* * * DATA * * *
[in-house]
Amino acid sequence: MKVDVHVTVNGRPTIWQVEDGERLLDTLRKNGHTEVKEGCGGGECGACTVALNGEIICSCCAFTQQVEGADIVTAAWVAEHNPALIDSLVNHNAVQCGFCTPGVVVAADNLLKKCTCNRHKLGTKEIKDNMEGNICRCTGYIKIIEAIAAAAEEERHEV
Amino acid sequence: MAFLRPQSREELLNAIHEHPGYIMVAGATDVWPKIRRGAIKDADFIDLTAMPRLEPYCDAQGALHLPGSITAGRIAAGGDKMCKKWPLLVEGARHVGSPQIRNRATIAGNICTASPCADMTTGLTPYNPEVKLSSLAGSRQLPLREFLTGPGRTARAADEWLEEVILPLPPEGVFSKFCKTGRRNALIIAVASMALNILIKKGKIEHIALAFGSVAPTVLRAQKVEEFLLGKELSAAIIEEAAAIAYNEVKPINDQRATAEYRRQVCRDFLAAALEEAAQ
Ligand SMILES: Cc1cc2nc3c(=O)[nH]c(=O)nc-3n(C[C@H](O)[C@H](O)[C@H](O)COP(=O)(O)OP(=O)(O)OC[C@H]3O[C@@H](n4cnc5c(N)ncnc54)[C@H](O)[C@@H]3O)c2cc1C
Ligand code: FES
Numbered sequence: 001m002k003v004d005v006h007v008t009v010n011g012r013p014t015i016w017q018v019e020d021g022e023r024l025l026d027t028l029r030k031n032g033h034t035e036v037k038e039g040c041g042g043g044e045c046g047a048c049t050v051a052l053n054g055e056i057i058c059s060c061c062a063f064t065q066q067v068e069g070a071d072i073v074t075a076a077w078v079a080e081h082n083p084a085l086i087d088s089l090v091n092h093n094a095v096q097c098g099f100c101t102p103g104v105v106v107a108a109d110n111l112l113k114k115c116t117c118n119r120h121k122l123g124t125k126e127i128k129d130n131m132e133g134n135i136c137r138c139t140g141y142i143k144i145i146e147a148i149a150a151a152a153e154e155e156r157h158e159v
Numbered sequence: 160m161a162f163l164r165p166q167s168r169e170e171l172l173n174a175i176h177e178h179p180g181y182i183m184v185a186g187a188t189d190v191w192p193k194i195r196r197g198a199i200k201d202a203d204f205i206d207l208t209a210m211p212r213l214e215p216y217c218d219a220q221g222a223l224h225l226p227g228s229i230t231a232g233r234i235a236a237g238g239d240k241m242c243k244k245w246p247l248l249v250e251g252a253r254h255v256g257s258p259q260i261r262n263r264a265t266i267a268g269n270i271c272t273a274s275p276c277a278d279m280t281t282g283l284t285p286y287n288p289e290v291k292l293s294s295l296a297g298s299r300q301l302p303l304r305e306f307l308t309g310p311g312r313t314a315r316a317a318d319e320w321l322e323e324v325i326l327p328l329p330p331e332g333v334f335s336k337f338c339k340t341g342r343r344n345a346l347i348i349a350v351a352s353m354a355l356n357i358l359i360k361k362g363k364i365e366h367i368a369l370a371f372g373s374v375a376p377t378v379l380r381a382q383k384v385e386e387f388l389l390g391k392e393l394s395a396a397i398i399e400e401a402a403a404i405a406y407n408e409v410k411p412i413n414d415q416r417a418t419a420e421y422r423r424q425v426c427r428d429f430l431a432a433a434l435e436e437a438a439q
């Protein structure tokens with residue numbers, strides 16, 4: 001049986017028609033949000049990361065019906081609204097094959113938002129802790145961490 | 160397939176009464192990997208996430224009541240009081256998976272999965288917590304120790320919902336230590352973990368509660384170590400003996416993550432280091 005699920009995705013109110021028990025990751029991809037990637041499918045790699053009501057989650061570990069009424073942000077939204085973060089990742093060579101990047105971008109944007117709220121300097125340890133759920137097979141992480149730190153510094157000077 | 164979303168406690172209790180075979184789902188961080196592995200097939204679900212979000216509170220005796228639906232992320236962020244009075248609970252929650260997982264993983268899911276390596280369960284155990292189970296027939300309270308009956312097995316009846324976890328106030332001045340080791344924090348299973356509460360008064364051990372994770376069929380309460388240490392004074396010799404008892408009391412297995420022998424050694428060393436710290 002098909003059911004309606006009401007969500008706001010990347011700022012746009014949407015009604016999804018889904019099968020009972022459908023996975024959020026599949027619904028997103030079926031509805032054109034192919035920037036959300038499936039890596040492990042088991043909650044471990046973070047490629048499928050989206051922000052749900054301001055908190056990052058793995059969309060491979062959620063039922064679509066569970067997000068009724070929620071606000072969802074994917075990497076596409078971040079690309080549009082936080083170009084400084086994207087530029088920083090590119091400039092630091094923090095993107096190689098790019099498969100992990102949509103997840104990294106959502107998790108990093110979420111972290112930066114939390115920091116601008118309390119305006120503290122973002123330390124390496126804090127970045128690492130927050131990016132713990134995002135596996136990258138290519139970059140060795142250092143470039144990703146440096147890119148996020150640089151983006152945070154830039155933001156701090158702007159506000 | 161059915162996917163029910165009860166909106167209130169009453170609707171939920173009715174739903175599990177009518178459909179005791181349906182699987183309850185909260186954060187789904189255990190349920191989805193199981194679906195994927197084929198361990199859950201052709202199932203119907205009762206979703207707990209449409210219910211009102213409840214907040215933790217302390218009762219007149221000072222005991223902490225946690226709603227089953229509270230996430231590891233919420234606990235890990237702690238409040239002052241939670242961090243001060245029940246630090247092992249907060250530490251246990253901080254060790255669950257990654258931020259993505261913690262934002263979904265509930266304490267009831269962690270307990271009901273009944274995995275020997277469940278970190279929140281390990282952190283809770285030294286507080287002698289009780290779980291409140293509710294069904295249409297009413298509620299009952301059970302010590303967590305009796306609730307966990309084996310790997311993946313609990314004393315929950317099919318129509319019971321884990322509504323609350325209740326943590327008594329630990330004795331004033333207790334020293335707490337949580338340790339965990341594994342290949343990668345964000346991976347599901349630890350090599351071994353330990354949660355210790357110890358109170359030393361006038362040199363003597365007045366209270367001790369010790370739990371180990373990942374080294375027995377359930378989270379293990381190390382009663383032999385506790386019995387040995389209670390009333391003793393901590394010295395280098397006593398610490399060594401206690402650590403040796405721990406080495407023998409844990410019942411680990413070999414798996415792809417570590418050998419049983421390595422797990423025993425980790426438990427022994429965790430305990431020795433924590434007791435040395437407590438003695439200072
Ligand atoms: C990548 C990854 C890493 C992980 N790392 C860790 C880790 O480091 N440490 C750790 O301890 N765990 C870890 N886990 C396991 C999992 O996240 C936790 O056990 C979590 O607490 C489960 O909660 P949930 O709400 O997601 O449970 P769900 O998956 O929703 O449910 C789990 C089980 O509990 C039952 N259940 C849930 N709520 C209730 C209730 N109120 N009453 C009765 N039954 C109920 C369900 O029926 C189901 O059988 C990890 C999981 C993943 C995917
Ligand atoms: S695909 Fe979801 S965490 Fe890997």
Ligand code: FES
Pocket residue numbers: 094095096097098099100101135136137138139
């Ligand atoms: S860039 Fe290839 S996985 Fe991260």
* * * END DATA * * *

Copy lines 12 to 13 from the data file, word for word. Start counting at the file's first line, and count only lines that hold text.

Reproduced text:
Pocket residue numbers: 094095096097098099100101135136137138139
């Ligand atoms: S860039 Fe290839 S996985 Fe991260």